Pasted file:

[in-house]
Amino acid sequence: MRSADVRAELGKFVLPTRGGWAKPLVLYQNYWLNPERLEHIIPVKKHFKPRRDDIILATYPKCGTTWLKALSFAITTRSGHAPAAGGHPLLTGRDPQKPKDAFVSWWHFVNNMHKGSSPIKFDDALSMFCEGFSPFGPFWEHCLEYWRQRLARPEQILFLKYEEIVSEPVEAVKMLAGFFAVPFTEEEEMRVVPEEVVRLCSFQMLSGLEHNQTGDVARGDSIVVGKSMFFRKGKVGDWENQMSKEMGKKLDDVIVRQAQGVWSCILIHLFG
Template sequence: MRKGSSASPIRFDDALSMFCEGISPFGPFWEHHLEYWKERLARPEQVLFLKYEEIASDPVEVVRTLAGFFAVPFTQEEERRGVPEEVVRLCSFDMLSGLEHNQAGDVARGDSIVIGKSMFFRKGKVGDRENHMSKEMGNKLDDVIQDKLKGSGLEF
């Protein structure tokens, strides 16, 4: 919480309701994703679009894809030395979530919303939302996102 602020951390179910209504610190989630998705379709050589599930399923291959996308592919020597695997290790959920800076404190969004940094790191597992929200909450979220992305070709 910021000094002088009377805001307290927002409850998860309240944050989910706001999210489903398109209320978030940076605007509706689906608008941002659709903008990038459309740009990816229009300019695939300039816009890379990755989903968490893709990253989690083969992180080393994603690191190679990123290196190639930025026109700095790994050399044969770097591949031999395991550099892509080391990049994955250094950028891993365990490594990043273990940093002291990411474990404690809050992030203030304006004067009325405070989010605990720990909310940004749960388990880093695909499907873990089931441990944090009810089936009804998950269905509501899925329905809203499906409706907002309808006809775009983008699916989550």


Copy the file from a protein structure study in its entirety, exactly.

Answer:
[in-house]
Amino acid sequence: MRSADVRAELGKFVLPTRGGWAKPLVLYQNYWLNPERLEHIIPVKKHFKPRRDDIILATYPKCGTTWLKALSFAITTRSGHAPAAGGHPLLTGRDPQKPKDAFVSWWHFVNNMHKGSSPIKFDDALSMFCEGFSPFGPFWEHCLEYWRQRLARPEQILFLKYEEIVSEPVEAVKMLAGFFAVPFTEEEEMRVVPEEVVRLCSFQMLSGLEHNQTGDVARGDSIVVGKSMFFRKGKVGDWENQMSKEMGKKLDDVIVRQAQGVWSCILIHLFG
Template sequence: MRKGSSASPIRFDDALSMFCEGISPFGPFWEHHLEYWKERLARPEQVLFLKYEEIASDPVEVVRTLAGFFAVPFTQEEERRGVPEEVVRLCSFDMLSGLEHNQAGDVARGDSIVIGKSMFFRKGKVGDRENHMSKEMGNKLDDVIQDKLKGSGLEF
């Protein structure tokens, strides 16, 4: 919480309701994703679009894809030395979530919303939302996102 602020951390179910209504610190989630998705379709050589599930399923291959996308592919020597695997290790959920800076404190969004940094790191597992929200909450979220992305070709 910021000094002088009377805001307290927002409850998860309240944050989910706001999210489903398109209320978030940076605007509706689906608008941002659709903008990038459309740009990816229009300019695939300039816009890379990755989903968490893709990253989690083969992180080393994603690191190679990123290196190639930025026109700095790994050399044969770097591949031999395991550099892509080391990049994955250094950028891993365990490594990043273990940093002291990411474990404690809050992030203030304006004067009325405070989010605990720990909310940004749960388990880093695909499907873990089931441990944090009810089936009804998950269905509501899925329905809203499906409706907002309808006809775009983008699916989550």